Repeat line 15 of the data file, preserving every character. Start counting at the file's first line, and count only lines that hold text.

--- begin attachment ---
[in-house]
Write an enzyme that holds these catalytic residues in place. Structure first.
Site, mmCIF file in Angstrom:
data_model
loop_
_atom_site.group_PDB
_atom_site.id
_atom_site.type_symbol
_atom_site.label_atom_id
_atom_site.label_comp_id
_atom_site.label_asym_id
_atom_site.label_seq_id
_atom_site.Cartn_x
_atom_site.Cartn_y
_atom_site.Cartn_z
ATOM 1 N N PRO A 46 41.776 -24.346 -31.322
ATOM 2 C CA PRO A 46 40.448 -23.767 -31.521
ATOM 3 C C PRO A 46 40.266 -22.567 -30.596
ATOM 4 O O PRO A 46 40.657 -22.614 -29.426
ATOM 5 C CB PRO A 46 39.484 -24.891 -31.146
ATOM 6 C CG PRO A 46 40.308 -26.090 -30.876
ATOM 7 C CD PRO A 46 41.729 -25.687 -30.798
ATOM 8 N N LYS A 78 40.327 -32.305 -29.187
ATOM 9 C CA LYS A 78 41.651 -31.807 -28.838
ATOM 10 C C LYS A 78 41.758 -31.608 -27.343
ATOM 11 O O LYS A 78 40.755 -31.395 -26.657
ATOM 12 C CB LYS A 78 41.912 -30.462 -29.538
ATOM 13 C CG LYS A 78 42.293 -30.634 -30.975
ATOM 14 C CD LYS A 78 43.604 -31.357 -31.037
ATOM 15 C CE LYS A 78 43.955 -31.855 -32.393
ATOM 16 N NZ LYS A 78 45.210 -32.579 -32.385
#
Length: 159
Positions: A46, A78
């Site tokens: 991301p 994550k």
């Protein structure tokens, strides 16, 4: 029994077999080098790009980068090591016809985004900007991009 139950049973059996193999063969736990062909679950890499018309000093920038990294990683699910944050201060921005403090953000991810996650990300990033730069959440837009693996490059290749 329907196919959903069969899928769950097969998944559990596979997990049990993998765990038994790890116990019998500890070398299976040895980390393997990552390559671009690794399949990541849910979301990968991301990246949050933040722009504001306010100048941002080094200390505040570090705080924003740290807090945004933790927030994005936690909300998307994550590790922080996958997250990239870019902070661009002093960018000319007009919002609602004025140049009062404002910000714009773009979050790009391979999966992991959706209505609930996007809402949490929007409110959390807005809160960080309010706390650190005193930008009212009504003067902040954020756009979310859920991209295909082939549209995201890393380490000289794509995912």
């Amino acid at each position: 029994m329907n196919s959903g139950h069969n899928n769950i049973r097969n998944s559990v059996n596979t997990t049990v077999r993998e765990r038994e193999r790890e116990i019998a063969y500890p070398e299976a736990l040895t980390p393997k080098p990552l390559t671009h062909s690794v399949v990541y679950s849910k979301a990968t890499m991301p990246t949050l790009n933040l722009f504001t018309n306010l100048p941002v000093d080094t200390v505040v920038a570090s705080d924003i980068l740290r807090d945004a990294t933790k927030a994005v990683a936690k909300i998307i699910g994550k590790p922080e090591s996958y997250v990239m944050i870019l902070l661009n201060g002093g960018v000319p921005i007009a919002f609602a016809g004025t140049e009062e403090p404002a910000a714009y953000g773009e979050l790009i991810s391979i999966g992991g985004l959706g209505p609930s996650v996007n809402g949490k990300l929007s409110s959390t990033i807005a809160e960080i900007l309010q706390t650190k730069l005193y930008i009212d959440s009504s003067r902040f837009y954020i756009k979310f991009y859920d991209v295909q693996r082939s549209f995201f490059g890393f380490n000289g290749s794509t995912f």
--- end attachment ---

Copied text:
_atom_site.Cartn_z